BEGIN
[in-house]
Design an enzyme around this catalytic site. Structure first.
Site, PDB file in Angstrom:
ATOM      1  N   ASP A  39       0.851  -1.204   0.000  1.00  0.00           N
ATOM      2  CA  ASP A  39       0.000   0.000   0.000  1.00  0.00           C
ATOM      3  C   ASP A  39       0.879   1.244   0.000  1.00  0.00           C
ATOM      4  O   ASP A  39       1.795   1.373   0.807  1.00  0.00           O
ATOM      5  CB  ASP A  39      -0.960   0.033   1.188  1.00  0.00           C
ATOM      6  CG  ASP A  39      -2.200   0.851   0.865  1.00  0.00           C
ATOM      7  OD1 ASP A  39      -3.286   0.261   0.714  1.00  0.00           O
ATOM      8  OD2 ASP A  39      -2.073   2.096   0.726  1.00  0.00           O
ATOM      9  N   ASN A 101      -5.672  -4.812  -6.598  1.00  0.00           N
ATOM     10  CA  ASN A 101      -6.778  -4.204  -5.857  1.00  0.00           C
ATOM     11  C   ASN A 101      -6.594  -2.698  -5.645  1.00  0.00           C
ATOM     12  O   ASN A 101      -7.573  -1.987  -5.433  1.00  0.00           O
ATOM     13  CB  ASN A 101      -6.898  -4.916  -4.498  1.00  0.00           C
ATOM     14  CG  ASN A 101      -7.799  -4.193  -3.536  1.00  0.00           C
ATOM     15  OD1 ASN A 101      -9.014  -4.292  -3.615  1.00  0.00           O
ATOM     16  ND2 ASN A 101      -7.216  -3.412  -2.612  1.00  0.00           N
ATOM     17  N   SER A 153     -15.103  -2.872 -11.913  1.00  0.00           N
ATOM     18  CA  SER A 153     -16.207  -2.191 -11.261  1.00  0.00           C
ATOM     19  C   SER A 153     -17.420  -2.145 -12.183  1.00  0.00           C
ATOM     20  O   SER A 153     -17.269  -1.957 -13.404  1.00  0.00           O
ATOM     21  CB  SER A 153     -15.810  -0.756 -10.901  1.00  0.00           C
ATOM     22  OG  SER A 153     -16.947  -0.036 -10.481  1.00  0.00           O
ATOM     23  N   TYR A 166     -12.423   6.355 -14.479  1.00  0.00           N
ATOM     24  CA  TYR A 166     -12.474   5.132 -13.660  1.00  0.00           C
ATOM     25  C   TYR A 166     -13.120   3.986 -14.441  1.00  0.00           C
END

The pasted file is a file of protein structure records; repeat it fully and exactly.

[in-house]
Design an enzyme around this catalytic site. Structure first.
Site, PDB file in Angstrom:
ATOM      1  N   ASP A  39       0.851  -1.204   0.000  1.00  0.00           N
ATOM      2  CA  ASP A  39       0.000   0.000   0.000  1.00  0.00           C
ATOM      3  C   ASP A  39       0.879   1.244   0.000  1.00  0.00           C
ATOM      4  O   ASP A  39       1.795   1.373   0.807  1.00  0.00           O
ATOM      5  CB  ASP A  39      -0.960   0.033   1.188  1.00  0.00           C
ATOM      6  CG  ASP A  39      -2.200   0.851   0.865  1.00  0.00           C
ATOM      7  OD1 ASP A  39      -3.286   0.261   0.714  1.00  0.00           O
ATOM      8  OD2 ASP A  39      -2.073   2.096   0.726  1.00  0.00           O
ATOM      9  N   ASN A 101      -5.672  -4.812  -6.598  1.00  0.00           N
ATOM     10  CA  ASN A 101      -6.778  -4.204  -5.857  1.00  0.00           C
ATOM     11  C   ASN A 101      -6.594  -2.698  -5.645  1.00  0.00           C
ATOM     12  O   ASN A 101      -7.573  -1.987  -5.433  1.00  0.00           O
ATOM     13  CB  ASN A 101      -6.898  -4.916  -4.498  1.00  0.00           C
ATOM     14  CG  ASN A 101      -7.799  -4.193  -3.536  1.00  0.00           C
ATOM     15  OD1 ASN A 101      -9.014  -4.292  -3.615  1.00  0.00           O
ATOM     16  ND2 ASN A 101      -7.216  -3.412  -2.612  1.00  0.00           N
ATOM     17  N   SER A 153     -15.103  -2.872 -11.913  1.00  0.00           N
ATOM     18  CA  SER A 153     -16.207  -2.191 -11.261  1.00  0.00           C
ATOM     19  C   SER A 153     -17.420  -2.145 -12.183  1.00  0.00           C
ATOM     20  O   SER A 153     -17.269  -1.957 -13.404  1.00  0.00           O
ATOM     21  CB  SER A 153     -15.810  -0.756 -10.901  1.00  0.00           C
ATOM     22  OG  SER A 153     -16.947  -0.036 -10.481  1.00  0.00           O
ATOM     23  N   TYR A 166     -12.423   6.355 -14.479  1.00  0.00           N
ATOM     24  CA  TYR A 166     -12.474   5.132 -13.660  1.00  0.00           C
ATOM     25  C   TYR A 166     -13.120   3.986 -14.441  1.00  0.00           C